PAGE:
Aradae wrote:where'd the 1/4 come from?

Erm, eh, hmm, what 1/4? Clearly the first coefficient is 1/2.

- Sun Nov 25, 2007 6:26 pm UTC
- Forum: Mathematics
- Topic: How would I solve for y in this equation?
- Replies:
**8** - Views:
**1398**

Aradae wrote:where'd the 1/4 come from?

Erm, eh, hmm, what 1/4? Clearly the first coefficient is 1/2.

- Sun Nov 25, 2007 6:16 pm UTC
- Forum: Mathematics
- Topic: How would I solve for y in this equation?
- Replies:
**8** - Views:
**1398**

simplifying the log of a difference is pretty tough. I'd go with:

(1/2)(e^{y})^{2} - (1/2) = xe^{y}

(1/2)(e^{y})^{2} - xe^{y} - (1/2) = 0

Use the quadratic formula with a = 1/2, b = -x and c = -1/2 to get an equation for e^y in terms of x. Then take the natural log of that and you're done.

(1/2)(e

(1/2)(e

Use the quadratic formula with a = 1/2, b = -x and c = -1/2 to get an equation for e^y in terms of x. Then take the natural log of that and you're done.

- Sun Nov 25, 2007 3:42 pm UTC
- Forum: Logic Puzzles
- Topic: Money and fruit
- Replies:
**27** - Views:
**2993**

Avin's got the first one.

**Spoiler:**

- Sun Nov 25, 2007 1:46 am UTC
- Forum: Logic Puzzles
- Topic: Money and fruit
- Replies:
**27** - Views:
**2993**

4=5: For the first question, You're assuming the amount of money will be chosen in some uniform random way, of which you have no guarantee. Perhaps I could phrase the question another way: a) Which of the two offer-giving gentlemen would you rather BE, and b) Why is the answer to questio...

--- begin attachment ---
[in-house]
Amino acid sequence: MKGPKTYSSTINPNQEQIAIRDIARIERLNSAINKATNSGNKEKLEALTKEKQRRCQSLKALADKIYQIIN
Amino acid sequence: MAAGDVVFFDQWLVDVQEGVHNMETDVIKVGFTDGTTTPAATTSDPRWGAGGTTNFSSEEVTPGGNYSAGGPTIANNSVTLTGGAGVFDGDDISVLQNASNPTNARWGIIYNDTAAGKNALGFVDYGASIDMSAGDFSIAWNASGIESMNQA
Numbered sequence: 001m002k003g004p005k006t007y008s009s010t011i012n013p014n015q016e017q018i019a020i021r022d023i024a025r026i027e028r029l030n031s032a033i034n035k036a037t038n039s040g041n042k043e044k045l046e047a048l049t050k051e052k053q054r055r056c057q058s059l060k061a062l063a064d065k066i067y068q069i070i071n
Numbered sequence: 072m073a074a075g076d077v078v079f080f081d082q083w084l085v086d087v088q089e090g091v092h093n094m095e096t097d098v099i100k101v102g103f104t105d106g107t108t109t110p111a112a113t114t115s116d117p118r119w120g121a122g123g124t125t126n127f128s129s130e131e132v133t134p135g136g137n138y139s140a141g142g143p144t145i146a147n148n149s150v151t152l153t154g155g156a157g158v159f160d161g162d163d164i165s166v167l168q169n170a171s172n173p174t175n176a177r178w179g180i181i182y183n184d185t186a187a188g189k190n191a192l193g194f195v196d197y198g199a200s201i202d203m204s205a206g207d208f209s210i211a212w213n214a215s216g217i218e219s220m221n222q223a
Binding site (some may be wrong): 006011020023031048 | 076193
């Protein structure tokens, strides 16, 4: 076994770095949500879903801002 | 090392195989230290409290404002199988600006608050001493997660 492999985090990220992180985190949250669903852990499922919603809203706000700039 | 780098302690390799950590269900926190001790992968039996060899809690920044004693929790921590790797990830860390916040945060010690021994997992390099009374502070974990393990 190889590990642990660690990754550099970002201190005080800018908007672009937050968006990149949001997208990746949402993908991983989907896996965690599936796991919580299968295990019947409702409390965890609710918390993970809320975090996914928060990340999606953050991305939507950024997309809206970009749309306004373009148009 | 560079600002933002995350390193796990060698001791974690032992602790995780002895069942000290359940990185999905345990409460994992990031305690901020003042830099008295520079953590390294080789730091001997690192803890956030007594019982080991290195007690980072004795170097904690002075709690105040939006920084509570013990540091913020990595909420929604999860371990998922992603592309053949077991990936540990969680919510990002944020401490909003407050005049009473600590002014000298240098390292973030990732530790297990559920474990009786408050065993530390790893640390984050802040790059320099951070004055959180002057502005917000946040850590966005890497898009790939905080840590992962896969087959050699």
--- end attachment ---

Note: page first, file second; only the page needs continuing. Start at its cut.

- Sun Nov 25, 2007 1:21 am UTC
- Forum: Mathematics
- Topic: Some Vector Questions
- Replies:
**6** - Views:
**1375**

Hope these help: 1. A system with a parametic solution does have infinitely many solutions; each solution represents a point (from what I gather, probably a point in 3-dimensional space in your case). A line has infinitely many points, so it makes sense to write it in a parametric way (typically som...

- Sat Nov 24, 2007 11:23 pm UTC
- Forum: Logic Puzzles
- Topic: Money and fruit
- Replies:
**27** - Views:
**2993**

Here's two puzzles, in case one has been posted before (sorry if it has!) Puzzle 1 - There's a gentleman on your right who makes you the following offer - you shall make any statement. If it's true, he will give you $10. If it's false, he will give you some amount of money OTHER than $10 (perhaps mo...

- Sat Nov 24, 2007 10:22 pm UTC
- Forum: Logic Puzzles
- Topic: Left/Right
- Replies:
**38** - Views:
**3950**

The problem with your question, is that you said "bits of data" instead of the original question, which assumed we used radios. The original question didn't allow for pictures. This one does. Therefore, the concept of left and right can be declared, even if they reverse it. I think by &qu...

- Sat Nov 24, 2007 10:09 pm UTC